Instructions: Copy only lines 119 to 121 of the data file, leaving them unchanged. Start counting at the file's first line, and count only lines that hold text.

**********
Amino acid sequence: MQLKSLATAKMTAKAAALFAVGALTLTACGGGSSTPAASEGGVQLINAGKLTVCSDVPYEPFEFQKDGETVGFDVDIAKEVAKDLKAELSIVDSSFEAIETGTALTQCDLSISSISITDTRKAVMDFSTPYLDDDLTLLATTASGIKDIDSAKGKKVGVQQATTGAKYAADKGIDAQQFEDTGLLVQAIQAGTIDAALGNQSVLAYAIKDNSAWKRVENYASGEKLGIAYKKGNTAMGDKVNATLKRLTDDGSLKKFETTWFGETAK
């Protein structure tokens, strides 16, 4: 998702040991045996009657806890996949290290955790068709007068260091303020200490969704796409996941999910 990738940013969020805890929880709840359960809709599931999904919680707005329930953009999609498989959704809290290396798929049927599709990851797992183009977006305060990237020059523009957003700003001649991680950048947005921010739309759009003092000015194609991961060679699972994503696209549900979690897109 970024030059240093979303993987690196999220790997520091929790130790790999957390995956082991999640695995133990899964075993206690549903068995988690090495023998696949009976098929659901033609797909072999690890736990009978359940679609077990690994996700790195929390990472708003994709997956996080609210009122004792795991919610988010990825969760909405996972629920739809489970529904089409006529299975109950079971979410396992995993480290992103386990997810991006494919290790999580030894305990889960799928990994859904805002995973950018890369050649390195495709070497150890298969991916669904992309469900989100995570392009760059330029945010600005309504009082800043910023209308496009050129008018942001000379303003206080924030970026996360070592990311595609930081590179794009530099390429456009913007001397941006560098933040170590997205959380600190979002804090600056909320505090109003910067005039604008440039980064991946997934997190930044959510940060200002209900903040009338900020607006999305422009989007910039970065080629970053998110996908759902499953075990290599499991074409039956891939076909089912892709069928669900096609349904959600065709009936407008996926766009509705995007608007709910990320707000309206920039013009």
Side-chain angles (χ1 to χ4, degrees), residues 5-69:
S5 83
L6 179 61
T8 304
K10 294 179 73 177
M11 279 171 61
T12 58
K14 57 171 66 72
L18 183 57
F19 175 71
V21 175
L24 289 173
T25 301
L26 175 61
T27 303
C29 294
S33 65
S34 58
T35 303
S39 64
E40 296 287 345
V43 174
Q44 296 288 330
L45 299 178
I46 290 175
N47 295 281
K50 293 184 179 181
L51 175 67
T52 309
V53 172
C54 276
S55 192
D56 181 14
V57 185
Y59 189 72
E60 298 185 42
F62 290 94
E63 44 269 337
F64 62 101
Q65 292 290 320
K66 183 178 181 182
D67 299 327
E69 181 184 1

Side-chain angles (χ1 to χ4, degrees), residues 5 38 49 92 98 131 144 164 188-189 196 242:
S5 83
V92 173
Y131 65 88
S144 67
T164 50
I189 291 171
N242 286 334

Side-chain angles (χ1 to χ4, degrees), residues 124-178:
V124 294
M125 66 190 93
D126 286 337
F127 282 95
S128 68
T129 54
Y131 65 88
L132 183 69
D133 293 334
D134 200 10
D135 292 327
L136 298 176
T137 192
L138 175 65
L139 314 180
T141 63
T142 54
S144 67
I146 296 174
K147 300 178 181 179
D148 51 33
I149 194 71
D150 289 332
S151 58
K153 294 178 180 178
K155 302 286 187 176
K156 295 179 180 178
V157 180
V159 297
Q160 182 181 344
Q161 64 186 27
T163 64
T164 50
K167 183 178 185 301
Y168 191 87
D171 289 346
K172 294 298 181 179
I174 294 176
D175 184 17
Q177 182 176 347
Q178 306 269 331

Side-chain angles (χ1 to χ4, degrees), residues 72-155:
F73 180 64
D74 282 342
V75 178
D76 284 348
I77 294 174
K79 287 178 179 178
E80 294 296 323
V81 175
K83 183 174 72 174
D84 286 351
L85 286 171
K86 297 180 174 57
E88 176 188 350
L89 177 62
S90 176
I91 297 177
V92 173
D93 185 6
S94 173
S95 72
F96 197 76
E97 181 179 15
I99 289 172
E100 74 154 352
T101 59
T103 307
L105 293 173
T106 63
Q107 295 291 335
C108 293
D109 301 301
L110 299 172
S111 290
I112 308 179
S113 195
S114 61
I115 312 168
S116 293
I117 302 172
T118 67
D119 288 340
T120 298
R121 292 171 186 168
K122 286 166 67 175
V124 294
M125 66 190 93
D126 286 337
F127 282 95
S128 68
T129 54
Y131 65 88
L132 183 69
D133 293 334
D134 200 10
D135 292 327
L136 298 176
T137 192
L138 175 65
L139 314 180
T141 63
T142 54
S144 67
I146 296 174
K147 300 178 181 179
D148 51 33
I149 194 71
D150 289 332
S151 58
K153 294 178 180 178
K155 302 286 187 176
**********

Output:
I99 289 172
E100 74 154 352
T101 59